A Proud Boys rally in Portland, Oregon. Photo by Stanton Sharpe/SOPA Images/LightRocket via Getty Images
A Proud Boys rally in Portland, Oregon. Photo by Stanton Sharpe/SOPA Images/LightRocket via Getty Images

This formerly incarcerated writer avoided white supremacists in prison. It’s clear to him now they feel emboldened with Trump as president.

The tattooed portrait of Hitler was not quite life-size, but it still stared obnoxiously from the right-hand side of my dormmate, just above his waistline. He had a typical prison build, all upper body, and was doing curls with a water bag—weights had been banned in the early 1990s—causing Hitler to wink in and out between reps.

We were housed together at the Arizona State Prison Complex in Yuma. Dorms are the preferred model in low-security incarceration. Much easier (and cheaper) to keep an eye on charges whose living areas are lined up as compact as parking spaces.

It was the summer of 1997, and the guy with the Hitler tattoo lived in the parking space directly opposite mine. I think his name was Kenny, but it doesn’t matter because white supremacists are similar creatures fixated on a single, collective goal: the instigation of a second civil war.  

Kenny also had “White” tatted vertically down his back left arm, “Pride” down the right, along with a number of swastikas and even SS bolts. Inmates needed permission to obtain “white pride” and Nazi ink. If granted, it then had to be earned, usually involving assaults on persons whom, for whatever reason, had gotten on the gang leaders’ bad side.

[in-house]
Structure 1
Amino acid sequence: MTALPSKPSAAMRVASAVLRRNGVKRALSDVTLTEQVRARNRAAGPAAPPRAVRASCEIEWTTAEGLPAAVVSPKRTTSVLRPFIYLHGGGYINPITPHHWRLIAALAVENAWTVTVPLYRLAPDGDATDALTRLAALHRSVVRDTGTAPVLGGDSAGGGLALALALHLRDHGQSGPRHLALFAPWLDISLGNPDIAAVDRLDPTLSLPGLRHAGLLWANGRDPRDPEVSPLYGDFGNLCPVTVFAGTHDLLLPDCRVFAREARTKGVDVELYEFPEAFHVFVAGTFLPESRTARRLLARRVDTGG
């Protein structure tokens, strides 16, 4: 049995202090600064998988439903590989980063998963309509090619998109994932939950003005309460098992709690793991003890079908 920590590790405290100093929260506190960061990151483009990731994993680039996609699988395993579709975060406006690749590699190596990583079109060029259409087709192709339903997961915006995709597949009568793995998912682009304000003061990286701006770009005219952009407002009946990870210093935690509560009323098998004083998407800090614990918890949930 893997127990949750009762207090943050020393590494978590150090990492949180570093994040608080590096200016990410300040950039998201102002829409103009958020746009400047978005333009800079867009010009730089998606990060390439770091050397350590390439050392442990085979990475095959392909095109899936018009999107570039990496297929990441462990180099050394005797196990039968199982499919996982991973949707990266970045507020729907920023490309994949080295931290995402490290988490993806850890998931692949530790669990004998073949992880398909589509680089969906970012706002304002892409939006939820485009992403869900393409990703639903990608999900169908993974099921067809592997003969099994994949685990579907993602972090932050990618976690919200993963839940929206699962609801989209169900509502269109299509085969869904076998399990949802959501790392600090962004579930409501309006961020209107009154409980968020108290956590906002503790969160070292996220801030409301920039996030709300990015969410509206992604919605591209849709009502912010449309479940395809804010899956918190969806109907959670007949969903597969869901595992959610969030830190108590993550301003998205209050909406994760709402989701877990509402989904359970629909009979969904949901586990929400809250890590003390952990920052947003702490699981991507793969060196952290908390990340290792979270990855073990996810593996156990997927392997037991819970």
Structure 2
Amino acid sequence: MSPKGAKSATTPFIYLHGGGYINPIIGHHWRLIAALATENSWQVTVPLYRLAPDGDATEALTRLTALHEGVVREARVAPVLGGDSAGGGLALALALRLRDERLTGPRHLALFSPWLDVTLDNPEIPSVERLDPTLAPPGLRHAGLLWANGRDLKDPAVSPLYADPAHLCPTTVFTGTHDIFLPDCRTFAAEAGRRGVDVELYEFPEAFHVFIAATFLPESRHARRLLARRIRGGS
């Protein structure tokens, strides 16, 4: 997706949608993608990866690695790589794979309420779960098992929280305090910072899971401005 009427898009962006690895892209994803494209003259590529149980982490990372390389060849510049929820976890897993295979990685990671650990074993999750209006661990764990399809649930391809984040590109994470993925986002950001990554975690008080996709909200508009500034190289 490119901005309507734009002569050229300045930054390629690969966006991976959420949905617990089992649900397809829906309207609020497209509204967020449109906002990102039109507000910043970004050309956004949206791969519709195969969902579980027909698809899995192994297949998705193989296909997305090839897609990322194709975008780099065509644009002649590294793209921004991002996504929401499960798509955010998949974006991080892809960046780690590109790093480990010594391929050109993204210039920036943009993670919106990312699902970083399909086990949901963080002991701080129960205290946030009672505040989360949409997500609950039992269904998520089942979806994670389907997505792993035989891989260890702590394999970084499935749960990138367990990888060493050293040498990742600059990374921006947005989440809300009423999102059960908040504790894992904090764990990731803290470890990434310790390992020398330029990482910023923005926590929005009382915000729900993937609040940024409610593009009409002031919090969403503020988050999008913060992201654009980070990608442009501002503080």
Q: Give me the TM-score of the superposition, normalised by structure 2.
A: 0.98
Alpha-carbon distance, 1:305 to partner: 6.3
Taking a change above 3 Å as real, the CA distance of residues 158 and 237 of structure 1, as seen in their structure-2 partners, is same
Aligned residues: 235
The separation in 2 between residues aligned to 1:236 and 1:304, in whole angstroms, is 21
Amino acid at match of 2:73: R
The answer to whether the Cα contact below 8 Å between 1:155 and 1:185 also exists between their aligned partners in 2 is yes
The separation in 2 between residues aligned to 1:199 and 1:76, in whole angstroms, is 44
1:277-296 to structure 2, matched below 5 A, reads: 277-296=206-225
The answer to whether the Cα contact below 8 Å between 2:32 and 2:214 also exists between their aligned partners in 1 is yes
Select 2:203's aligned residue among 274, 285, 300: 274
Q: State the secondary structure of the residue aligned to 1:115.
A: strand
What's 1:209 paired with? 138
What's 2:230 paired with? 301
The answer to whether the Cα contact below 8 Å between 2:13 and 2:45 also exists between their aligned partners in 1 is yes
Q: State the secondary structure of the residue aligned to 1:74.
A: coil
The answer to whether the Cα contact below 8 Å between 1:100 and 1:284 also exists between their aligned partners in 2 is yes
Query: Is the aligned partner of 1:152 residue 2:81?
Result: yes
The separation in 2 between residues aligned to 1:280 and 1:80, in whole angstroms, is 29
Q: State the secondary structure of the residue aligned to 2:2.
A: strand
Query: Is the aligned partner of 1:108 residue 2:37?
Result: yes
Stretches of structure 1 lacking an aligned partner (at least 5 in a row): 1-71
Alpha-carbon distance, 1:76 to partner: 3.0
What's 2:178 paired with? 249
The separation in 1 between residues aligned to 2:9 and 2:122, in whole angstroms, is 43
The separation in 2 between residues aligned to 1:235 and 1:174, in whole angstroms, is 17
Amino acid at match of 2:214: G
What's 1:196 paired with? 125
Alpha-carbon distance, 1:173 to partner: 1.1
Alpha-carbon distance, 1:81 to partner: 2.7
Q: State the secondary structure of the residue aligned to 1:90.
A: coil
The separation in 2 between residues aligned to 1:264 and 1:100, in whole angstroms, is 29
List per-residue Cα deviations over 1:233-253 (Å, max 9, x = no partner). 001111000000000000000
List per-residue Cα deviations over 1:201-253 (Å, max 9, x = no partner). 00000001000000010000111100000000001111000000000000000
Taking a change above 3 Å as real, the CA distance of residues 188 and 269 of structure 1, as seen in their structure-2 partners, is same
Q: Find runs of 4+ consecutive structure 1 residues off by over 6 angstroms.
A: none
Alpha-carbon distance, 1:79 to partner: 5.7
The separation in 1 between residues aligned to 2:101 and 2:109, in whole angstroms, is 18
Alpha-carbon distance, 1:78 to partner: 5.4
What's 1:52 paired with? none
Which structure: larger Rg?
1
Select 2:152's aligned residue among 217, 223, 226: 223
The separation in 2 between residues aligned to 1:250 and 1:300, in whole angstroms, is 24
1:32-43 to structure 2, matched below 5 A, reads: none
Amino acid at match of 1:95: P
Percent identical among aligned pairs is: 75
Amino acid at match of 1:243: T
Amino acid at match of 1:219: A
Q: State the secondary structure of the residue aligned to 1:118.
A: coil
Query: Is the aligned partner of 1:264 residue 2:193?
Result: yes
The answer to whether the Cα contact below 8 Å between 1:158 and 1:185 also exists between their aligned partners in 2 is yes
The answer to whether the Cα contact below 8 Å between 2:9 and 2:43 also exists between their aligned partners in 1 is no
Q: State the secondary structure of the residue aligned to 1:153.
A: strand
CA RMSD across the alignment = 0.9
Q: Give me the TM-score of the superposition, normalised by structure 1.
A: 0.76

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For all his hate, however, Kenny wasn’t a bad neighbor, as prison neighbors go. He was quiet, considerate, and, moreover, had access to the best heroin. He also respected the fact that I had no interest in their politics. That I was willfully unaffiliated. 

Others, however, were less tolerant. While in the Maricopa County Jail in 1995, a gang of white supremacists made me hold a jailhouse mattress over my chest while they took turns pummeling it. Recently brought up from intake, I was sick from heroin withdrawals and frankly in no mood to be bullied. But after 10 minutes or so, they deemed me too weak to be of any use in the upcoming race war, which apparently was kicking off in that very pod within days. 

“We need fit soldiers down for the cause,” one of them told me. 

He was tall, thin, and proud of the Third Reich regalia glistening on his shaved torso. Surrounded by eager recruits, they took great delight in forcing me out of the pod. It occurred to me then, as I dragged my mattress down the hall and into another housing unit, how easy it is for a few twisted men to program hate into so many others. One doesn’t even need a good story, but rather a vague reference to a group or groups posing an even vaguer existential threat. Nor does it hurt when their hate is bolstered by Trump and his cadre of wealthy propagandists at Fox News spewing similar conspiracies.